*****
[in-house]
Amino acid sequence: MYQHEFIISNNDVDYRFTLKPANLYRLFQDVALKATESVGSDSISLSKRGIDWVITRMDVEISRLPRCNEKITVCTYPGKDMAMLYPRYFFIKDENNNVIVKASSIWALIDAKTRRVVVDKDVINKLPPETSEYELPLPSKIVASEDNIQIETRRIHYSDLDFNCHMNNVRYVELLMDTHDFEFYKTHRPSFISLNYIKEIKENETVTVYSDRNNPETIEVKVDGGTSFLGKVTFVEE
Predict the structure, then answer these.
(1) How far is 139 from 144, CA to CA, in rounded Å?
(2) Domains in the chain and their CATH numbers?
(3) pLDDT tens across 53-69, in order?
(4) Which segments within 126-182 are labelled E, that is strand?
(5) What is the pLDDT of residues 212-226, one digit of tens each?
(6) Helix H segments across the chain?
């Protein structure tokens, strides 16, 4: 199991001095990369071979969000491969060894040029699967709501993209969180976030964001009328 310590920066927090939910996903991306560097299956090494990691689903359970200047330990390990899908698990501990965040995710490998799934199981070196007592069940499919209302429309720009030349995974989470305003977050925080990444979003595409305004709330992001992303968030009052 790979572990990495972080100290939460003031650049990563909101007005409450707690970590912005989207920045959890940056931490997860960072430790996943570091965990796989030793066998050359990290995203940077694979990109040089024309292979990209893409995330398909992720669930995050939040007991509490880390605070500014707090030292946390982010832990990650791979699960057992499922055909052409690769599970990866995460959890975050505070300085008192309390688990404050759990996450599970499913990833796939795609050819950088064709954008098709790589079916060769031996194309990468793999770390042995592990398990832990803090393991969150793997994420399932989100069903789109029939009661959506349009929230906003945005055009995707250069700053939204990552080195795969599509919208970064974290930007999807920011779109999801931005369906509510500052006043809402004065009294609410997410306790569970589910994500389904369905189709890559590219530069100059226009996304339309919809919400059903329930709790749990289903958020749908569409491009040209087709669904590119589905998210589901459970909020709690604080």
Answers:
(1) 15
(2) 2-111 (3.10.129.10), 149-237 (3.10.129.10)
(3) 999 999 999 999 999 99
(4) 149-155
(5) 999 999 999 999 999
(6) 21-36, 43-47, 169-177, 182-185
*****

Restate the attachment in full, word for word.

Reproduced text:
[in-house]
Amino acid sequence: MYQHEFIISNNDVDYRFTLKPANLYRLFQDVALKATESVGSDSISLSKRGIDWVITRMDVEISRLPRCNEKITVCTYPGKDMAMLYPRYFFIKDENNNVIVKASSIWALIDAKTRRVVVDKDVINKLPPETSEYELPLPSKIVASEDNIQIETRRIHYSDLDFNCHMNNVRYVELLMDTHDFEFYKTHRPSFISLNYIKEIKENETVTVYSDRNNPETIEVKVDGGTSFLGKVTFVEE
Predict the structure, then answer these.
(1) How far is 139 from 144, CA to CA, in rounded Å?
(2) Domains in the chain and their CATH numbers?
(3) pLDDT tens across 53-69, in order?
(4) Which segments within 126-182 are labelled E, that is strand?
(5) What is the pLDDT of residues 212-226, one digit of tens each?
(6) Helix H segments across the chain?
């Protein structure tokens, strides 16, 4: 199991001095990369071979969000491969060894040029699967709501993209969180976030964001009328 310590920066927090939910996903991306560097299956090494990691689903359970200047330990390990899908698990501990965040995710490998799934199981070196007592069940499919209302429309720009030349995974989470305003977050925080990444979003595409305004709330992001992303968030009052 790979572990990495972080100290939460003031650049990563909101007005409450707690970590912005989207920045959890940056931490997860960072430790996943570091965990796989030793066998050359990290995203940077694979990109040089024309292979990209893409995330398909992720669930995050939040007991509490880390605070500014707090030292946390982010832990990650791979699960057992499922055909052409690769599970990866995460959890975050505070300085008192309390688990404050759990996450599970499913990833796939795609050819950088064709954008098709790589079916060769031996194309990468793999770390042995592990398990832990803090393991969150793997994420399932989100069903789109029939009661959506349009929230906003945005055009995707250069700053939204990552080195795969599509919208970064974290930007999807920011779109999801931005369906509510500052006043809402004065009294609410997410306790569970589910994500389904369905189709890559590219530069100059226009996304339309919809919400059903329930709790749990289903958020749908569409491009040209087709669904590119589905998210589901459970909020709690604080």
Answers:
(1) 15
(2) 2-111 (3.10.129.10), 149-237 (3.10.129.10)
(3) 999 999 999 999 999 99
(4) 149-155
(5) 999 999 999 999 999
(6) 21-36, 43-47, 169-177, 182-185